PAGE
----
Owner Lanny Gilbert said customers order by walking in or using the landline, with word or mouth being the most effective form of gaining new customers. According to the Pizza Post website, this store also still takes order via fax.

“I really don’t offer anything except good quality pizzas,” Gilbert said. “I give them the best pizzas and with the best-quality ingredients I can get my hands on. If I try to keep up with the big chains, I’m going to fail. I can’t do that. I have to do what works for us.”

Gilbert said he’s kicked the idea around of incorporating online or app ordering, but ultimately decided it comes down to being “cost effective.”

“I’ve tossed the idea around, but realistically for me it’s got to be cost effective and simplified so we didn’t miss anything,” said Gilbert, the Pizza Cravin’ owner. “It may help a lot, but it would take a lot of advertising and due diligence — a lot of money advertising it — for people to know about it. ... I don’t know how much it would benefit.”

 Wolfkill said the store considered adding the options, has decided against it. 

“I think it does affect us a little bit (not having the option),” he said. “It would make it a lot easier than to call and it would be more available. But we do have a lot of loyal customers that really like our pizza.” 


‘I mean, it’s 2017’

Little Caesars Pizza, 201-C Milan Ave., on the other hand has seen the growth opportunity and is taking action. 

“We’re actually getting an app very, very soon,” manager Dalton Brooks said.

Brooks said while the store is hoping for a one-month roll-out date, it could take three or four. Other non-franchised locations already offer app-ordering as the company tests its success.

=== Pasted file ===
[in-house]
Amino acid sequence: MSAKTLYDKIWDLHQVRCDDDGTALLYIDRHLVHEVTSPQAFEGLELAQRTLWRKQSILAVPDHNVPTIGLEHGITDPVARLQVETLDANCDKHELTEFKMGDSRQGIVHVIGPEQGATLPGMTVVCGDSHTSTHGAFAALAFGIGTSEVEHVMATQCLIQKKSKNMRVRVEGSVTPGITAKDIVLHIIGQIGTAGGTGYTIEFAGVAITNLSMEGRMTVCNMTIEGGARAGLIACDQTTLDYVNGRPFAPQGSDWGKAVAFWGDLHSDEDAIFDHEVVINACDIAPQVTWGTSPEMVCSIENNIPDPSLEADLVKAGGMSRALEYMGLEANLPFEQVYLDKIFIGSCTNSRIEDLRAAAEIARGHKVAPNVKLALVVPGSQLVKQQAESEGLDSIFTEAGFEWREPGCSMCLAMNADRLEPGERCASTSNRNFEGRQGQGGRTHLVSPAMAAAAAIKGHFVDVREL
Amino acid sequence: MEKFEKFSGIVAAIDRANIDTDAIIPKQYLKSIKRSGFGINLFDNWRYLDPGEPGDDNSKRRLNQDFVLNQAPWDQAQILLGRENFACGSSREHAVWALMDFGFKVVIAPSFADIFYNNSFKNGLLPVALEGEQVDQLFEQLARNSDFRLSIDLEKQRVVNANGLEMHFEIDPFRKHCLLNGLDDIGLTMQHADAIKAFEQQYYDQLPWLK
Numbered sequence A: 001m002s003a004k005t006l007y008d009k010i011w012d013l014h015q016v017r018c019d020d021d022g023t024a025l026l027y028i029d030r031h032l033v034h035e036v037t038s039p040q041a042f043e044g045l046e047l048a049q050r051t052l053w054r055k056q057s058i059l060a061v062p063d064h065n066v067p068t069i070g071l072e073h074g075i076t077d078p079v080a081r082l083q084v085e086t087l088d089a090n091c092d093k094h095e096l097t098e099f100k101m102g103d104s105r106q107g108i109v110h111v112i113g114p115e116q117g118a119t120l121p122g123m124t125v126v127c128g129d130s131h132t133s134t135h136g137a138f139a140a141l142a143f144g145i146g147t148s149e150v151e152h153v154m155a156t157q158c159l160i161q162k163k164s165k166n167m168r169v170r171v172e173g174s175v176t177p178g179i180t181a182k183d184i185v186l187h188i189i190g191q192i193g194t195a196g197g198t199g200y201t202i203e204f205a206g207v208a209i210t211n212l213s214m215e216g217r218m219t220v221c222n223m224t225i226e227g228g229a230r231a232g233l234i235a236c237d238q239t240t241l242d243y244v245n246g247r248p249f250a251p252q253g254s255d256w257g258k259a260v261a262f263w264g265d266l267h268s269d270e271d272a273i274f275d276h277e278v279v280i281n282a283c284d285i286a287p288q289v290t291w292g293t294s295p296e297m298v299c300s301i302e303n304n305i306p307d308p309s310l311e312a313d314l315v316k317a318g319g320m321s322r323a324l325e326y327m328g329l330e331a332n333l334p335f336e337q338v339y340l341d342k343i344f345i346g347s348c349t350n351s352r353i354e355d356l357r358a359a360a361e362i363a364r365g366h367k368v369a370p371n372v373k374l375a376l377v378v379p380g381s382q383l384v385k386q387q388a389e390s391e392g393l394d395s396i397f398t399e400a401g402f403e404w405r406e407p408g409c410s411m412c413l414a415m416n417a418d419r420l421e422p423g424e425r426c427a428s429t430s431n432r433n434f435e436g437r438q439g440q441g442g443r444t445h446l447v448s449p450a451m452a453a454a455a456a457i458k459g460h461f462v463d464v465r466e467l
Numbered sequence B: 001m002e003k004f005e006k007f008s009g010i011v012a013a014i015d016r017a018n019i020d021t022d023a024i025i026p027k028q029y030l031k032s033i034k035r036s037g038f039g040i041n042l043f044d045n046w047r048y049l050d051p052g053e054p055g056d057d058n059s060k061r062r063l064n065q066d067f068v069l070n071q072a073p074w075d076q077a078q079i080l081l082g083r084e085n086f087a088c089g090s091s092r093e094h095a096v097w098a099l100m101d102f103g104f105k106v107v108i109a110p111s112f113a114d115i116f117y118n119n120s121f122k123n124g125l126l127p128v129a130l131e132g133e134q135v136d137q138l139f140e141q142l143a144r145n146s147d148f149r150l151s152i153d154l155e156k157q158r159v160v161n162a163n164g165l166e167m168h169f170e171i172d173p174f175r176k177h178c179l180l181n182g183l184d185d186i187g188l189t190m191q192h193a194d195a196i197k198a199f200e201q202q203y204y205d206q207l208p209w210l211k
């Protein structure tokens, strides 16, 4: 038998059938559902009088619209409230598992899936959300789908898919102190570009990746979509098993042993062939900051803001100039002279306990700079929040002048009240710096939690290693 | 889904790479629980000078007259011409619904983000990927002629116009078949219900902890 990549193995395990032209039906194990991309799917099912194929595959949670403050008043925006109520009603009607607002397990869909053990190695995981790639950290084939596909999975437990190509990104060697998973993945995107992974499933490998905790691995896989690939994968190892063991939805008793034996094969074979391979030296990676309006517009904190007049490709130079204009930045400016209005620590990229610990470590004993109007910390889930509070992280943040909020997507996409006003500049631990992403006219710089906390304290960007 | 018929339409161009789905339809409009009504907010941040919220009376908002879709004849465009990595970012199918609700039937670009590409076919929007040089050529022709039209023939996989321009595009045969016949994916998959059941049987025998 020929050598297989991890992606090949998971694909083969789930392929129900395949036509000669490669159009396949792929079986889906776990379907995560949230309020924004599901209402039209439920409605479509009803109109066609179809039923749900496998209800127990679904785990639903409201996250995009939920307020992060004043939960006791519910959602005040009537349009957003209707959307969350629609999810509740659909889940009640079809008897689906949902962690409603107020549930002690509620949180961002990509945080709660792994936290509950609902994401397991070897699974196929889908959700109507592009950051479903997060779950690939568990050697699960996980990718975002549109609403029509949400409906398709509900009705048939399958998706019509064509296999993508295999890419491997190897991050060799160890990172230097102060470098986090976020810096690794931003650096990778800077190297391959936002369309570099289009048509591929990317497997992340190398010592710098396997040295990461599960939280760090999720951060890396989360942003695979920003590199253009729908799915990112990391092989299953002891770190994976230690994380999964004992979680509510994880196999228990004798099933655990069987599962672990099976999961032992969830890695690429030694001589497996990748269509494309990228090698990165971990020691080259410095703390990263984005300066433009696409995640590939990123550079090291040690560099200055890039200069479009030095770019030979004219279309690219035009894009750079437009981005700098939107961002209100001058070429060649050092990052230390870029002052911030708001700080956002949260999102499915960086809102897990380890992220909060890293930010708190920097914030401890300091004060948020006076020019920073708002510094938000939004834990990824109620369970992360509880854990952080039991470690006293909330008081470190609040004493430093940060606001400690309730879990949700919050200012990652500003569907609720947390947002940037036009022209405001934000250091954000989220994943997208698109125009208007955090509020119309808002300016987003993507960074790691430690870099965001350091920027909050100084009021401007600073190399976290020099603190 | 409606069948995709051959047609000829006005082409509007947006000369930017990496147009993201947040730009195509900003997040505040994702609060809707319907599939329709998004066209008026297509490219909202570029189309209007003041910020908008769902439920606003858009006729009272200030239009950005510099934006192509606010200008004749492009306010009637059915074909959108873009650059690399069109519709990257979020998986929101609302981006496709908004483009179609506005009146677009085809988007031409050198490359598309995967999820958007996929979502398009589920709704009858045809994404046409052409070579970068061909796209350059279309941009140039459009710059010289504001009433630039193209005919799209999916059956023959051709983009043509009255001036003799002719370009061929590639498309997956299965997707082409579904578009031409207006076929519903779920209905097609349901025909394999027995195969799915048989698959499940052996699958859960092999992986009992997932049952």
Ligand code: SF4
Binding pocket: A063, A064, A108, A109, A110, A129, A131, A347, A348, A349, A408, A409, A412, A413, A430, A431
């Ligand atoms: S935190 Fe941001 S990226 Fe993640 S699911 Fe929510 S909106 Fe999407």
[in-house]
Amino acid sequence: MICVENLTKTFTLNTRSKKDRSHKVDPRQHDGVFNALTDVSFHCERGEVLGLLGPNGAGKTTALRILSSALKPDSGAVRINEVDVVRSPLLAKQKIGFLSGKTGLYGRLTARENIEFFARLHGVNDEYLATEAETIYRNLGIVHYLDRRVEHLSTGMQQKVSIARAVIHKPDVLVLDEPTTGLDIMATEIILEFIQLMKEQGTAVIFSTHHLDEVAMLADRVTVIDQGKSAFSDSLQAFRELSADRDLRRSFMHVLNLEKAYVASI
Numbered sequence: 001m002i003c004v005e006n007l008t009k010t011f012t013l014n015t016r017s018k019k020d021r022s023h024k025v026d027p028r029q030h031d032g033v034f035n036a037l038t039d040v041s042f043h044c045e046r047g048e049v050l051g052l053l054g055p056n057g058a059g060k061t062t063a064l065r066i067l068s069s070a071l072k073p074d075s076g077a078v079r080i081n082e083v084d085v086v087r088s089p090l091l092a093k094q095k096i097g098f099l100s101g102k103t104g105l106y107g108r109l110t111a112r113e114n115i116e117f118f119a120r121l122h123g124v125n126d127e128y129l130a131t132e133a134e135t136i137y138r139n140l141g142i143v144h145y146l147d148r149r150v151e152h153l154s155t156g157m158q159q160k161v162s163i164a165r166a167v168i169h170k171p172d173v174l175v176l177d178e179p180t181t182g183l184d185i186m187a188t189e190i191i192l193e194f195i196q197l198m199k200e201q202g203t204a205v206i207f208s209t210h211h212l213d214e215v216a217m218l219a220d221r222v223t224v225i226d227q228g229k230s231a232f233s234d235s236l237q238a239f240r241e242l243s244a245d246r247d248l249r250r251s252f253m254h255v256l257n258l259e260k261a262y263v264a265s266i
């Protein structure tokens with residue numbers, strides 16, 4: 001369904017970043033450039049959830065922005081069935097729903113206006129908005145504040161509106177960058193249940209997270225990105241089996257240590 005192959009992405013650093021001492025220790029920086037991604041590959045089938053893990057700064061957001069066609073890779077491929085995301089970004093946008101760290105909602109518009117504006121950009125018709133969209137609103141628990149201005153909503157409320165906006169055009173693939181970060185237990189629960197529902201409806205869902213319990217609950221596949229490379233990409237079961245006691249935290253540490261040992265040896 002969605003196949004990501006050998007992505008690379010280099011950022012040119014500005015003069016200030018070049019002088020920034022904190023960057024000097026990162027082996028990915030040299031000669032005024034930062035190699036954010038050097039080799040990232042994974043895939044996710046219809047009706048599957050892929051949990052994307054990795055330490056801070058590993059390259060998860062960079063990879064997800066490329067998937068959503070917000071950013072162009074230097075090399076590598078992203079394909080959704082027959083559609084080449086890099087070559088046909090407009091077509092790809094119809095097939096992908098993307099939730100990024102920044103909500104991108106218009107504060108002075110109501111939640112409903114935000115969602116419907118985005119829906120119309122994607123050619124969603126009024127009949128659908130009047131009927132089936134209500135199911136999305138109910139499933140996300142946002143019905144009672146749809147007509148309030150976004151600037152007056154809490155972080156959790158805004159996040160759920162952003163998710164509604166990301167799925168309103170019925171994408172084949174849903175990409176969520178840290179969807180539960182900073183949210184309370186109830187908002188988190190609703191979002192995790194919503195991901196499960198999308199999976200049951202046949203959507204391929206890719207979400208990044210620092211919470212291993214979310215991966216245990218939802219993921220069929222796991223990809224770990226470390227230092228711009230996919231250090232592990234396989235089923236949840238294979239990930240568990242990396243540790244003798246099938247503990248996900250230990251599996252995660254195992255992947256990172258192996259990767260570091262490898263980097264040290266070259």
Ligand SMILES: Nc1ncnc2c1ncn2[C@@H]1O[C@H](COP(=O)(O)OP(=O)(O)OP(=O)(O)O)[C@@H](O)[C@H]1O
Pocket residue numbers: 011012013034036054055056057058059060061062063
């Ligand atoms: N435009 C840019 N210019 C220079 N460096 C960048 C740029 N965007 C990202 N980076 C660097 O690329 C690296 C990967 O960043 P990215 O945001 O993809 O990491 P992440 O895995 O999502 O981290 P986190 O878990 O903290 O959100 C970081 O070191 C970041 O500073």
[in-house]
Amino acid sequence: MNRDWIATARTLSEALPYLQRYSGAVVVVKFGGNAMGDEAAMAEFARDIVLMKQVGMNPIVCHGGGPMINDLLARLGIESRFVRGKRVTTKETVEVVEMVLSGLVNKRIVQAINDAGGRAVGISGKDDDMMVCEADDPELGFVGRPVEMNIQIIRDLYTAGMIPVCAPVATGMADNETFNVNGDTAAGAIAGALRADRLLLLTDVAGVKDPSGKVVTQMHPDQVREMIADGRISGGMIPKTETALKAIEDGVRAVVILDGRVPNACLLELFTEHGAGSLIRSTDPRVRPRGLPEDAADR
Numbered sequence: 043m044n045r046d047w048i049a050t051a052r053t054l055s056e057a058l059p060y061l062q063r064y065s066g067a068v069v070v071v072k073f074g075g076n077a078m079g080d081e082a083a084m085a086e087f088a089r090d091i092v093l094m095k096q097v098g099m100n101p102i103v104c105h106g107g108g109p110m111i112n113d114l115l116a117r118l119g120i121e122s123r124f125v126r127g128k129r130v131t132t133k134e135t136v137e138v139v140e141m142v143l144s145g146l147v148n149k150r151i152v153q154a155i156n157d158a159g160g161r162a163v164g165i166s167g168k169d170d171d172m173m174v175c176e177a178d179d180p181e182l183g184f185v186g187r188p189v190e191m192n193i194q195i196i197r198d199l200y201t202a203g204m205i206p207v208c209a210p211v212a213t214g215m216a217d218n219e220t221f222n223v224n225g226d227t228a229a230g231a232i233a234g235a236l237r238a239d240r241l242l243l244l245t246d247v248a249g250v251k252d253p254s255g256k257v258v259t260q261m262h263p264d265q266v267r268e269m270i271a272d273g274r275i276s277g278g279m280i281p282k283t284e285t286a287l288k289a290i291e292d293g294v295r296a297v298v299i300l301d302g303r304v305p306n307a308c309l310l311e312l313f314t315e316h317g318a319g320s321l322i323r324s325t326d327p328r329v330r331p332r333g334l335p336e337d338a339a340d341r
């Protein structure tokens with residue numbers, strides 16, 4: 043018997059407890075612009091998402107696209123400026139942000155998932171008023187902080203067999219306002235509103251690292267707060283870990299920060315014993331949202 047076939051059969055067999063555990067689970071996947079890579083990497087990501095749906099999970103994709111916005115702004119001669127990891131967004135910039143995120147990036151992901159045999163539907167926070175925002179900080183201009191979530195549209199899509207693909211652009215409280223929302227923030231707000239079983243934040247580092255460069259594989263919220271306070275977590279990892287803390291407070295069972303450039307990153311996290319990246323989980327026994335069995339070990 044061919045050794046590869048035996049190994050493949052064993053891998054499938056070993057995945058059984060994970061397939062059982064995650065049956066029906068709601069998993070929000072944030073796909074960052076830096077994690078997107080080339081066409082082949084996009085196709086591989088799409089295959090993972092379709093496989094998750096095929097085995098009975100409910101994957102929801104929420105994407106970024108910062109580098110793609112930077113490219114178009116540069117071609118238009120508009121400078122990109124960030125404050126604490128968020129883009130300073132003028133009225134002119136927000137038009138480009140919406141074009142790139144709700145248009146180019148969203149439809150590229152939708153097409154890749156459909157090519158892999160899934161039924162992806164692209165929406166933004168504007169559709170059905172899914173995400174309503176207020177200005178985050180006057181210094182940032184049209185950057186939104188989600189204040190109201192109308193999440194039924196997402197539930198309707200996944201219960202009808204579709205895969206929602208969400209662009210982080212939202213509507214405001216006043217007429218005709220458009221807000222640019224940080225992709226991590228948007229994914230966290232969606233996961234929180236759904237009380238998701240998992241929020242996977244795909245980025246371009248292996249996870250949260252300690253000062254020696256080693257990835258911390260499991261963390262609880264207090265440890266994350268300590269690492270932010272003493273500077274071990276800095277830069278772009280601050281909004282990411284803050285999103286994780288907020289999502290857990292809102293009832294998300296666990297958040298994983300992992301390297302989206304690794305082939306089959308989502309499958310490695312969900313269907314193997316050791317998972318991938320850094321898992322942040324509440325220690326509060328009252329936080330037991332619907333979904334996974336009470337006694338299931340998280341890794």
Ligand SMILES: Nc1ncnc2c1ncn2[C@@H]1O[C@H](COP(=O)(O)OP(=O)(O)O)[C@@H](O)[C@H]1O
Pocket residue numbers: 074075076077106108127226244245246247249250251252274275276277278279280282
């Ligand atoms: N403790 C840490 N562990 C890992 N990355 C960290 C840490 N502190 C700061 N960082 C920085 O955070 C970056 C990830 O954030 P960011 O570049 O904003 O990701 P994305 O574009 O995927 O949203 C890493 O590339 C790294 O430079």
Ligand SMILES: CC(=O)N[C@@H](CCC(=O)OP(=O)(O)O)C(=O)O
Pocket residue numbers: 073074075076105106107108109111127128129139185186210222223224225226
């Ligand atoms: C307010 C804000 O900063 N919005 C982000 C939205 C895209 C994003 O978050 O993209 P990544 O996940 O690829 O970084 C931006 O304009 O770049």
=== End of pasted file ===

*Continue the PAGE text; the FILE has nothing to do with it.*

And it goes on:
“It adds to the convenience of being able to order stuff with the click of a button,” he said. “I mean, it’s 2017. Technology is big. So we try to accommodate that as much as we can.”

Brooks said he expects the app to let customers know “just how much Little Caesars has to offer,” including a full menu outside of the traditional “hot and ready.”

“We’re all about the hot and ready,” he said. “But people don’t always know about our wide variety. We’re just like every other pizza place — in my opinion better, especially with our three meats and supreme and ‘extramostbestest’ pizzas.”

Pizza Post and Pizza Brothers representatives were unavailable to comment for this story.

* * *


• 81 E Main St,

• 419-663-3030

• Open 10 a.m. to midnight Sunday through Thursday and 10 a.m. to 2 a.m. Friday and Saturday

• Order options: In store, by phone, online, app


Marco's Pizza

• 105 Whittlesey Ave.

• 419-663-5555

• Open 11 a.m. to midnight Sunday through Wednesday, 11 am. to 12:30 a.m. Thursday and 11 a.m. to 1 a.m. Friday and Saturday.

• Order options: In store, by phone, online, app


Pizza Hut

• 188 Milan Ave 

• 419-668-2510

• Open 11 a.m. to 11 p.m. Monday through Thursday, 11 am. to midnight Friday and Saturday and 11:30 a.m. to 11 p.m. Sunday

• Order options: In store, by phone, online, app


East of Chicago

• 56 Stower Lane

• 419-663-0808

• Open 11 a.m. to 10 p.m. Sunday through Wednesday, 11 am. to 11 p.m. Thursday and 11 a.m. midnight Friday and Saturday

• Order options: In store, by phone


Pizza Cravin’

• 64 Benedict Ave

• 419-663-2728

• Open daily 4 to 10 p.m.

• Order options: In store and by phone


Pizza Post

• 222 E. Main St.

• 419-668-8385 

• Open 11 a.m. to 10 p.m. Monday through Thursday, 11 a.m. to midnight Friday and Saturday and 4 to 10 p.m. Sunday

• Order options: In store, by phone or fax


Little Caesars

• 201-C Milan Ave.

• 419-660-8100

• Open 10:30 a.m. to 11 p.m. Sunday through Thursday, 10:30 a.m. to midnight Friday and 10:30 a.m. to 12:30 a.m. Saturday

• Order options: In store


Pizza Brothers

• 170 Milan Ave.

• 419-668-6071

• Closed Monday; Open 11 a.m. to 10 p.m. Tuesday through Thursday, 11 a.m. to midnight Friday and Saturday and noon to 10 p.m. Sunday.

• Order options: In store or by phone


Cameo at the Creek

• 2406 New State Road

• 419-668-9197

• Open 11 a.m. to 9 p.m. Sunday through Thursday, 11 a.m. to 10 p.m. Friday and Saturday.

• Order options: In store, by phone, online